Here’s your latest links for digital detox. More digital detox resources here.

A Face-to-Face Request Is 34 Times More Successful than an Email | Vanessa K. Bohns, HBR

Despite the reach of email, asking in person is the significantly more effective approach; you need to ask six people in person to equal the power of a 200-recipient email blast. Still, most people tend to think the email ask will be more effective.

Along similar lines, read Learn to Lead Through the Power of Presence, which highlights how technology has given us fantastic tools, but has diminished the leadership art of presence.

To be a leader in your organization you must embrace the idea that a call or visit is sometimes the prescription for moving the needle, managing conflict and building strong relationships.  Here are 5 principles you should incorporate in your leadership routines:

  1. Pick up the phone when projects are stuck.
  2. With critical projects, visit peers and leadership face to face.
  3. Speak face-to-face in tense or combative situations.
  4. Send feedback after phone or face-to-face meetings.
  5. Call or visit when nothing is pressing.

If It’s Hard To Imagine A Day Without Your Phone, You Need To Do It | Gracy Olmstead, The Federalist

We’re all about cleanses and detoxing these days. Sometimes we emphasize these things to extremes. But perhaps an occasional break can show us what we’re missing—and prompt us to foster better habits throughout our daily lives.

The idea of a “day without devices” would be a similar concept to the idea of Meatless Mondays, just focusing on technology instead of food. It could focus on a day trip somewhere fun—to hike, picnic in the park, visit a museum, go on a bike ride, or explore a new neighborhood.

Amazon launches new features aimed at making parents’ lives easier | Nicole Gallucci, Mashable
Amazon introduces a new way to keep track of your kids’ media time with their new “Parent Dashboard.”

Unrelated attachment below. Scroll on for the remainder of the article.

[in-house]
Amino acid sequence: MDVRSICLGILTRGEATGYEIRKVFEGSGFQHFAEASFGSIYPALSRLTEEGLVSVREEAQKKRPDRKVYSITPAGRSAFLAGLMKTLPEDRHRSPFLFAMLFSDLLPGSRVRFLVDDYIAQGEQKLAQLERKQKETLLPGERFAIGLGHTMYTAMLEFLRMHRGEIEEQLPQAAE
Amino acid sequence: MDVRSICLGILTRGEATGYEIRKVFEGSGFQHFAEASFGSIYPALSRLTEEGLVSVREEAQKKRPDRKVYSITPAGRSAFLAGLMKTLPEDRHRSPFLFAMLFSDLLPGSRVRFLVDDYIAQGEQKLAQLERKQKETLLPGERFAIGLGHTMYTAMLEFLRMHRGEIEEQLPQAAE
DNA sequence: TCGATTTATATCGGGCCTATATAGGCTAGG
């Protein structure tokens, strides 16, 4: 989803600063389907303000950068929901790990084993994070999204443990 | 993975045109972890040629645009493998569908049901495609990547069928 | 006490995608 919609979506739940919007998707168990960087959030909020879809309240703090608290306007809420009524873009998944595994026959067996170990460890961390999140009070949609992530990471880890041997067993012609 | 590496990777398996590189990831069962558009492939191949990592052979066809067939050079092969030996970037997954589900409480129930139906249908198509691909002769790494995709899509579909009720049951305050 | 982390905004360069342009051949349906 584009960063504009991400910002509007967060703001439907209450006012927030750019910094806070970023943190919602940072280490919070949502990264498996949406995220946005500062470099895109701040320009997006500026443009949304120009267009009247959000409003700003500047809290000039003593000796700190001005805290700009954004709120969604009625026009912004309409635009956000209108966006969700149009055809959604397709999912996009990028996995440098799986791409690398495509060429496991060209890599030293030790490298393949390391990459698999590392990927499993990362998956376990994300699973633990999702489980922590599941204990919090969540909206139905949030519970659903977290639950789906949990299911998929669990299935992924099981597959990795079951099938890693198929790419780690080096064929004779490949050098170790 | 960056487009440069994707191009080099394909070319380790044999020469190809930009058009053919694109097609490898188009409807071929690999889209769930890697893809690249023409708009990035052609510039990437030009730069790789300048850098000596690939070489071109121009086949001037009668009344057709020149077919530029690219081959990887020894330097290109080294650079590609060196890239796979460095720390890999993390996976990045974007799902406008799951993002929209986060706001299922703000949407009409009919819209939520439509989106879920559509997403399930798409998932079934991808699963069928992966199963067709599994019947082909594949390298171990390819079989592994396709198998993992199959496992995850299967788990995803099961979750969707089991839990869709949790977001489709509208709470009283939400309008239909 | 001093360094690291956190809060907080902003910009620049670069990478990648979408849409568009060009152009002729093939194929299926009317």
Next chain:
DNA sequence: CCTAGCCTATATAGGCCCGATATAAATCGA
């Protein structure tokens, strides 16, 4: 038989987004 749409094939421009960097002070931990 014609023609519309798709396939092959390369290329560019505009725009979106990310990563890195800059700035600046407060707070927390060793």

10 Things You Should Know about Your Smartphone |

  1. Your smartphone is not all bad.
  2. Your smartphone is not all good.
  3. Your smartphone amplifies your addiction to distractions.
  4. Your smartphone pushes you to evade the limits of embodiment.
  5. Your smartphone feeds your craving for immediate approval.
  6. Your smartphone undermines key literary skills.
  7. Your smartphone offers a buffet of produced media.
  8. Your smartphone overtakes and distorts your identity.
  9. Your smartphone need not have these negative affects (sic) on you.
  10. Your smartphone can be a tool for knowing and enjoying God.

How to be a Tech-Wise Family & manage kids, technology & family | Andy Crouch

All the best things we want for our families—our children and ourselves—involve creating, rather than consuming.

And the best way to have a creative life, rather than a consumer life, is to make it part of the furniture.

Fill the center of your life together—the literal center, the heart of your home, the place where you spend the most time together—with the things that reward creativity, relationship, and engagement.

Push technology and cheap thrills to the edges; move deeper and more lasting things to the core.

Cellphones, conferences, entertainment, and hockey | The Upward Call
Kim was shocked at what she saw at a recent hockey game.

What If My Husband Looks at Porn? | Kara Garis, Desiring God
Kara offers an honest testimony and six points of advice for women who find themselves in this awful situation.

  1. You, sweet woman, are not in a battle against your husband.
  2. His sin is not your body’s fault.
  3. Embrace Jesus’ sovereignty and trust him for your husband.
  4. Your sin of bitterness is not justified.
  5. He needs you and your forgiveness now more than ever.
  6. Your husband is not your savior and you are not his.

Can We Gain the Whole World Wide Web without Losing Our Souls? | Amy Simpson

If the Internet doesn’t deliver on authentic connection, what keeps us coming back? Are we lured by the possibility of true connection, or have we become content to substitute participation and opportunities for self-expression? Perhaps we’re afraid of being left out or missing out on something we should know. Either way, most of online “connection” pales in comparison to the kind of connection we can find with people in the same room. Ironically, though, in our quest for connection in a virtual world, we often ignore the people we can see and touch.